The Court then considered the factors that are relevant to the interpretation and application of the MSDF. The Court, in Natal Joint Municipal Pension Fund v Endumeni Municipality (‘Edumeni’), provided the principle that, where the meaning of a word or phrase is unclear, the context of the document can be used as a consideration in determining its meaning. However, the Natal case dealt with the interpretation of a contract. There are significant differences in how a written contract and a statutory instrument should be interpreted. Vital to the interpretation of a written contract, is determining the intention of the parties to the contract. This necessitates a greater role for contextual factors in the interpretation of contracts. It also implies that the parties to the contract are on a more equal footing. This is not the case for statutory documents such as an MSDF.

Statutory documents implicate the public. It is thus important that the public is protected with a degree of certainty. It is one of the reasons why rule of law considerations require that the text speaks for itself. Courts have used documents relevant to the drafting of legislation where it may help clarify the meaning of a text. However, in such cases, the Court would only utilise such documents to confirm a finding that the Court would have already made based on other factors. Contextual factors should, therefore, not be the primary basis through which the meaning of a statutory document should be determined.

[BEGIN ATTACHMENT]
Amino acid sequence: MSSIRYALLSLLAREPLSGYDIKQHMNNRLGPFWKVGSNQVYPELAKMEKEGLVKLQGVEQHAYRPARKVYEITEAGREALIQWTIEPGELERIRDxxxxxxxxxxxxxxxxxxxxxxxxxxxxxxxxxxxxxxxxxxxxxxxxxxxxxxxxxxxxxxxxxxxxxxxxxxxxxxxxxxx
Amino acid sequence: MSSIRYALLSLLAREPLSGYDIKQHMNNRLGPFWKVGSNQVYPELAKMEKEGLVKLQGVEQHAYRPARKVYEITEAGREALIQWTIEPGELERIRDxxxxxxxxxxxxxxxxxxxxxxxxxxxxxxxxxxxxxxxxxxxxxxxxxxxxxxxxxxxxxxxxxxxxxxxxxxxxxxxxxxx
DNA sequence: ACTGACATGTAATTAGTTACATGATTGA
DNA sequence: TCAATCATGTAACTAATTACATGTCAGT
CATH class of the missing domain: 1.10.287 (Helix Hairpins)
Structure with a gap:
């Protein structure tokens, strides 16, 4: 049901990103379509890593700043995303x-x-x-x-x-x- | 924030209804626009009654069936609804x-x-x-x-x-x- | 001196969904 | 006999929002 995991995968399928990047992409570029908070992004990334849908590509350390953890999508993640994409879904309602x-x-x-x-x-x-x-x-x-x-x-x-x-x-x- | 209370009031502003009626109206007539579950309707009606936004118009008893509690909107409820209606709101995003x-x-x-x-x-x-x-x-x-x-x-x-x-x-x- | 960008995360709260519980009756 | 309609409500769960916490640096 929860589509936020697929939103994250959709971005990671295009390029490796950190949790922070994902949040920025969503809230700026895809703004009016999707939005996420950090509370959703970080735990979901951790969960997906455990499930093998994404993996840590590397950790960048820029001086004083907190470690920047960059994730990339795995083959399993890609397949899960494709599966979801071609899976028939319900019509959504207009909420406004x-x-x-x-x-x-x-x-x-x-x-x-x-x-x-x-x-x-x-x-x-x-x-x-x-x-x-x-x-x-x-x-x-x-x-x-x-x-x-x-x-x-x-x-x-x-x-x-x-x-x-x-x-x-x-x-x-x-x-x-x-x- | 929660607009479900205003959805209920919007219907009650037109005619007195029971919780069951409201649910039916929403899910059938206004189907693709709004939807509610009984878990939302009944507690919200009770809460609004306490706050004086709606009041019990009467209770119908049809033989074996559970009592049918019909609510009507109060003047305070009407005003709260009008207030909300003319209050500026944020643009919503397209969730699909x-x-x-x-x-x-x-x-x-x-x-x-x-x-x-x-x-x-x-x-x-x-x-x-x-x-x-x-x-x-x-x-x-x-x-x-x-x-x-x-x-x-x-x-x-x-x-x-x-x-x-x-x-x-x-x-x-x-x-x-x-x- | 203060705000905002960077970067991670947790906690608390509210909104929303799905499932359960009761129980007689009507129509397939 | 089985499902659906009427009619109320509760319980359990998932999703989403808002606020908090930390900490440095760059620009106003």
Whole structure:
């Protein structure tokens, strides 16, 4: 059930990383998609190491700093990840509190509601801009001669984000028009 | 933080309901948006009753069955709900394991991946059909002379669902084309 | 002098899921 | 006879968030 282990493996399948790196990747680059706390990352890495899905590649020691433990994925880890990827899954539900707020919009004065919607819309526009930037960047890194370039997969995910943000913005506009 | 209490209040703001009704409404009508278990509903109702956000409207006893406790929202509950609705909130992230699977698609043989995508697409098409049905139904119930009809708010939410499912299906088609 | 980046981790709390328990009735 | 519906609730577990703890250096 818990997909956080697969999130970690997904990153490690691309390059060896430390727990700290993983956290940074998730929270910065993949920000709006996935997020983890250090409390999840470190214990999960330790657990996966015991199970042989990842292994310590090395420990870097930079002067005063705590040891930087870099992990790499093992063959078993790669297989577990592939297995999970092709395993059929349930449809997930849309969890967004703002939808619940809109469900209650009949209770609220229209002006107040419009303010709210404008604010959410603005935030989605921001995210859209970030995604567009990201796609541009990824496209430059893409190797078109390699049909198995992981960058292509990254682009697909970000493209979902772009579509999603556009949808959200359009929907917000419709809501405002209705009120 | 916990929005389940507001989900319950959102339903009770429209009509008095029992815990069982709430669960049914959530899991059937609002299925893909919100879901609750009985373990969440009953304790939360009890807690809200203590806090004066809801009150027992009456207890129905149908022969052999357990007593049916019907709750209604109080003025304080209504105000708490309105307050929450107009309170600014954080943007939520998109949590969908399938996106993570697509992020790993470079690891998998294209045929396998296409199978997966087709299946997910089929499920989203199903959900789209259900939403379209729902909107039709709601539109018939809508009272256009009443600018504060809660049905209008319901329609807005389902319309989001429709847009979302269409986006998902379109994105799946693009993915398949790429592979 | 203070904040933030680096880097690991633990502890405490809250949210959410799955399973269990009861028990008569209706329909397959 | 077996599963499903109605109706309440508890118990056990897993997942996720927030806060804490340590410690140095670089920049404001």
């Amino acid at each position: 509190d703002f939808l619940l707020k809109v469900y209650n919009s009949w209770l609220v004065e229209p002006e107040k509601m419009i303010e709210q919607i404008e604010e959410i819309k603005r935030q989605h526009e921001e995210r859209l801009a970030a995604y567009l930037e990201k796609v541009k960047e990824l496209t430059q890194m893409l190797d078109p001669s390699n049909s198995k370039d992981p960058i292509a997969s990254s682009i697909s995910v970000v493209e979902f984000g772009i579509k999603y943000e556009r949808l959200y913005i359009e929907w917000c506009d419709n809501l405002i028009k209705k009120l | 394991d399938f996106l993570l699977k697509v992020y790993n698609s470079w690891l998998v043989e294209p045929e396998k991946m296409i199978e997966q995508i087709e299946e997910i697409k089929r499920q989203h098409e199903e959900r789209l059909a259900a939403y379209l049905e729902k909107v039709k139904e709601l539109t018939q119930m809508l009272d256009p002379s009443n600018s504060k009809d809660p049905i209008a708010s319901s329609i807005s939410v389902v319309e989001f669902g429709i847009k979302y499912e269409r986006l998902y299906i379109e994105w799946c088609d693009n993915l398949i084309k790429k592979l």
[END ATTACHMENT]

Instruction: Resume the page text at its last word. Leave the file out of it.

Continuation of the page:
The Court indicated that, while the MSDF is not a statute, its binding effect on the municipality and the public, demands that its statutory principles should apply to its interpretation. As such, the Court ruled that the Mayor was obliged to only make use of the final MSDF and not rely on a publicly unavailable draft MSDF in making her decision. The Court thus upheld the review application and set aside the Mayor’s decision.


The implication of this case is twofold. Firstly, it emphasises the importance and status of municipal policies such as an MSDF. Municipal policies are not legislation. Still, where legislation strengthens policies by making them binding, such policies should be interpreted and applied similarly to legislation. Where a municipality relies on draft policies to make a decision, it runs the risk of having its decisions struck down by a court of law. Secondly, the case highlights the importance of providing clarity to the public. The application of municipal policies must not rely on information, such as the draft of the policy in question, that is not necessarily available to the public. Rather, the policies must be interpreted and applied as-is. This is in line with the principles of legal certainty and the rule of law, which protects the general public in their dealings with a municipality.


by Francesca Visage, LLM Student: Dullah Omar Institute